but face it, the lt isnot the biggest seller, a couple years ago (maybe not that long ago) when I did some checking to see how my K12Lt bikes had been made, it was right at 5000 for all years to that point, if a 3% or 4% failure is correct, well then it would be a waste of money for BMW to do a complte redesign for our LT's, I bet though it is more like 10% or more failure rate

I'm hoping the new ones do not fail on the GS or GT models, My K12LT is history, this is my last one, I Loved it but I have no need for a big bike like this anymore when they have somehting very comparable out set up the GT right for TWO up and we have what everyone wants 100 lbs or more lighter, more power, not top heavy.

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post #18 of 47 Old Oct 19th, 2006, 9:49 am
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Quote:
Originally Posted by tmgs
--------------but face it, the lt isnot the biggest seller, a couple years ago (maybe not that long ago) when I did some checking to see how my K12Lt bikes had been made, it was right at 5000 for all years to that point,-------------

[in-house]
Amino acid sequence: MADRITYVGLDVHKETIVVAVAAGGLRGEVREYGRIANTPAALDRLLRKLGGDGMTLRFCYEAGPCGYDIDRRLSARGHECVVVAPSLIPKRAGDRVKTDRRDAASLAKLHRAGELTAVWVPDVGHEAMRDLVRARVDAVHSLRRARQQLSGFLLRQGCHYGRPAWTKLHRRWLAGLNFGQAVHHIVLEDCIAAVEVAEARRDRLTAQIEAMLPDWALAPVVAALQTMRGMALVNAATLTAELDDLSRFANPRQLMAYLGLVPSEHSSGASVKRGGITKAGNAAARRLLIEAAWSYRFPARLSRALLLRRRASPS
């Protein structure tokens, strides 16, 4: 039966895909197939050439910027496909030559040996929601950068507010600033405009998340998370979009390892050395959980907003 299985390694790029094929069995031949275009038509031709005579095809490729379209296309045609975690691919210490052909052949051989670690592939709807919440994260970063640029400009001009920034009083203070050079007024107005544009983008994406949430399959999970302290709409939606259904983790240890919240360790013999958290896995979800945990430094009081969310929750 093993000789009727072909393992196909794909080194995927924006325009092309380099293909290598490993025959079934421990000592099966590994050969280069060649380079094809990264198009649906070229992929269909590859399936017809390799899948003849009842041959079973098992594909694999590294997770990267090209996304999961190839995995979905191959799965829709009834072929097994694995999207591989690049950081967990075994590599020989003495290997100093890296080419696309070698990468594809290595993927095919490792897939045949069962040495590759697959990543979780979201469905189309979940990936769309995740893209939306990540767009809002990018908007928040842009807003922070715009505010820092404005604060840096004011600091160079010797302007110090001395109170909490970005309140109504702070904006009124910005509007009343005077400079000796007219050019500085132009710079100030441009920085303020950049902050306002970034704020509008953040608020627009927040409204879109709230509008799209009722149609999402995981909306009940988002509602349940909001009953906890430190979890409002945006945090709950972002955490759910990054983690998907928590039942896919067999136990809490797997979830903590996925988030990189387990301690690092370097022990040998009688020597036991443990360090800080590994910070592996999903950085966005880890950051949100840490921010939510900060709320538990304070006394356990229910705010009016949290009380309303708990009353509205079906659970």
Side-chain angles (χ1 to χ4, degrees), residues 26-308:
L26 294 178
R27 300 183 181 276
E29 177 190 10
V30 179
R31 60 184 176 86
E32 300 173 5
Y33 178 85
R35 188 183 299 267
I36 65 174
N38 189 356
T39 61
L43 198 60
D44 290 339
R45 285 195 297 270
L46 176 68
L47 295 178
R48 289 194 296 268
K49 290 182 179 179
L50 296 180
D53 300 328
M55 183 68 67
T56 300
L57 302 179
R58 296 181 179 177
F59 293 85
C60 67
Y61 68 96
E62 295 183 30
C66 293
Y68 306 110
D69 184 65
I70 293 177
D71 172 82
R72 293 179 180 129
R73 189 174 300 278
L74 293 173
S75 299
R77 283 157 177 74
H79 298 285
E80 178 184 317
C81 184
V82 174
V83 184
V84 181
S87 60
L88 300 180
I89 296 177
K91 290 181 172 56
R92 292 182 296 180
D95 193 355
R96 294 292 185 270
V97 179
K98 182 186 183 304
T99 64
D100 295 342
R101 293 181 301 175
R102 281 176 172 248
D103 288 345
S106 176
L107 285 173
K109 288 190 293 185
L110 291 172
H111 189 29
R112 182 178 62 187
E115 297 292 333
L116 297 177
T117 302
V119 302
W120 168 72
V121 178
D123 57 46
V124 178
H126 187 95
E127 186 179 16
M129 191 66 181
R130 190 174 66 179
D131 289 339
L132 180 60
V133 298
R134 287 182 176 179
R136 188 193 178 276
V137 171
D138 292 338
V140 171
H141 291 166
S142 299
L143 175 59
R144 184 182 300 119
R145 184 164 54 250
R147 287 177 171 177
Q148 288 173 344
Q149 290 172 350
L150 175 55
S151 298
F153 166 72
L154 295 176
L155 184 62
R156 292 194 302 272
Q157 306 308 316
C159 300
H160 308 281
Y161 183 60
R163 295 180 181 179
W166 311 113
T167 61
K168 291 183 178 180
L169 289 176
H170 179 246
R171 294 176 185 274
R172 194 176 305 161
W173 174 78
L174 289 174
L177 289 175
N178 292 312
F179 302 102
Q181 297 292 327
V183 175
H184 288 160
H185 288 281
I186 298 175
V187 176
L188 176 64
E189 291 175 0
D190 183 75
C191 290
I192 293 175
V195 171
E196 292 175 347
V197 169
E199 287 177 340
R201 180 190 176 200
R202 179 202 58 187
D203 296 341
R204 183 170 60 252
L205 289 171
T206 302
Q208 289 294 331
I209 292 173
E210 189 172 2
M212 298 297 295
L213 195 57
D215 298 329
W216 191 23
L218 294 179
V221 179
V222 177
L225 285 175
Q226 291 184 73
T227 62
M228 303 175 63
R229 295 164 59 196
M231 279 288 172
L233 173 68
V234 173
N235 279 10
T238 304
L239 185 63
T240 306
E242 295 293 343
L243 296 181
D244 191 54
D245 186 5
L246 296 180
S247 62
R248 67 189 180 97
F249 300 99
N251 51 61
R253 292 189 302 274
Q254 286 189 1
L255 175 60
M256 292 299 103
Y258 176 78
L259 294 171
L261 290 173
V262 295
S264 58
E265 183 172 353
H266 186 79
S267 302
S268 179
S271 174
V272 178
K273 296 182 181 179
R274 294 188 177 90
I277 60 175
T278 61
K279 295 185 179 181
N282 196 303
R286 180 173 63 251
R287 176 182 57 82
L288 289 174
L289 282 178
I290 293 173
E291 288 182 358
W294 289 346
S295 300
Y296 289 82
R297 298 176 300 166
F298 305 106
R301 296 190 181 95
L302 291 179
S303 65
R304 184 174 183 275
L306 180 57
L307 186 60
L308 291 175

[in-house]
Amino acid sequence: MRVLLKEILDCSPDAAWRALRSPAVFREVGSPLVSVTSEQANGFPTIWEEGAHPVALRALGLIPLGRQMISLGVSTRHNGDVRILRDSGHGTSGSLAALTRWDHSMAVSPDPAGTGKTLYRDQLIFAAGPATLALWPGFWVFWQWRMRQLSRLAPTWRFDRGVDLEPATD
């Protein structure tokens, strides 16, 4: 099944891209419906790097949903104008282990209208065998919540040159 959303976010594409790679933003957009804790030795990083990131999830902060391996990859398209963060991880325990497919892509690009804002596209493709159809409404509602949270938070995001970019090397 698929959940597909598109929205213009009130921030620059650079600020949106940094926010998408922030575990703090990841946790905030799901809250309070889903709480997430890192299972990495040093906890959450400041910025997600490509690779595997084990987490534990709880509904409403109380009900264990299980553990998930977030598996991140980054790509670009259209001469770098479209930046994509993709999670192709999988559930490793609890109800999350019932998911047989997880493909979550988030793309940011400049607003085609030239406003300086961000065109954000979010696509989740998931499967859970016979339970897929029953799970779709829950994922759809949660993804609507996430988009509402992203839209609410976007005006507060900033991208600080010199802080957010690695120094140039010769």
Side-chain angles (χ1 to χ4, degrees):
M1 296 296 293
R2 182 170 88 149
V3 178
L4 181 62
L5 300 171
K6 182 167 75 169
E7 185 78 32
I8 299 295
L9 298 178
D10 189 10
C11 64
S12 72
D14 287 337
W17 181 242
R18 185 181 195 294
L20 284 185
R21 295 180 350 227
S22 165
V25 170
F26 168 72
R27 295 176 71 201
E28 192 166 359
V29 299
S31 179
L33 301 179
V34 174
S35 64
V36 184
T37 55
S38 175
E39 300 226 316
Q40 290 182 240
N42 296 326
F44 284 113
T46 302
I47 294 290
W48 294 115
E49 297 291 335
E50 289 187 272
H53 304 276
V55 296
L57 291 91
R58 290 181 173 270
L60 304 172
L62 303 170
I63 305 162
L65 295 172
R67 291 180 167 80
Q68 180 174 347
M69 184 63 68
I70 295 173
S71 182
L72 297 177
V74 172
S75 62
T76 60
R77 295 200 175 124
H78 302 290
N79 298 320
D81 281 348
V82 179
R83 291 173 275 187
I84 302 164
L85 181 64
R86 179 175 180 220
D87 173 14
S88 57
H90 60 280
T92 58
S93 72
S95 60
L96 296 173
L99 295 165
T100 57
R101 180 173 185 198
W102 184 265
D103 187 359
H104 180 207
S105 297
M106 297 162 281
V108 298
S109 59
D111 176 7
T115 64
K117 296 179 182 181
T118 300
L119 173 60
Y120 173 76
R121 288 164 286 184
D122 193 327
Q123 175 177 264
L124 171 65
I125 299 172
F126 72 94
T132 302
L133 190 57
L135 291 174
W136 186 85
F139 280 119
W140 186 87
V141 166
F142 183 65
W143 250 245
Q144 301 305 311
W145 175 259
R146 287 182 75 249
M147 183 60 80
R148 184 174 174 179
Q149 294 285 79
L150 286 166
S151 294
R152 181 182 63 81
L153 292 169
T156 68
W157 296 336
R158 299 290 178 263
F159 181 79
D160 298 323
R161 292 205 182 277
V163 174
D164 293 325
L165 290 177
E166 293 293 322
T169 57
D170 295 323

There are a lot more than that. The BMWNA rep at CCCR Santa Fe in 2002 stated that there were over 7,000 LTs sold just in the US at that time. He gave the exact number, think it was about 7,200

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post #19 of 47 Old Oct 19th, 2006, 9:53 am
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http://www.thk.se/pdf/382-E.pdf

This is what I would like to put in a final drive to test. The RB816 crossed roller bearing is 80X120X16 mm, where the standard ball is 85X120X18 mm. It would require grinding the 85MM shaft to 80MM, and using a 2MM spacer on the outer race. If I still had the LT, and the failed drive I had in the garage for awhile, I would be very tempted to try it.
The standard ball bearings have a roughly 5500 pound radial rating, this crossed roller bearing has a 6900 pound rating.

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post #20 of 47 Old Oct 19th, 2006, 11:58 am
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Hi David,

I like that bearing design better than what we currently have. I believe the number is actually RB8016.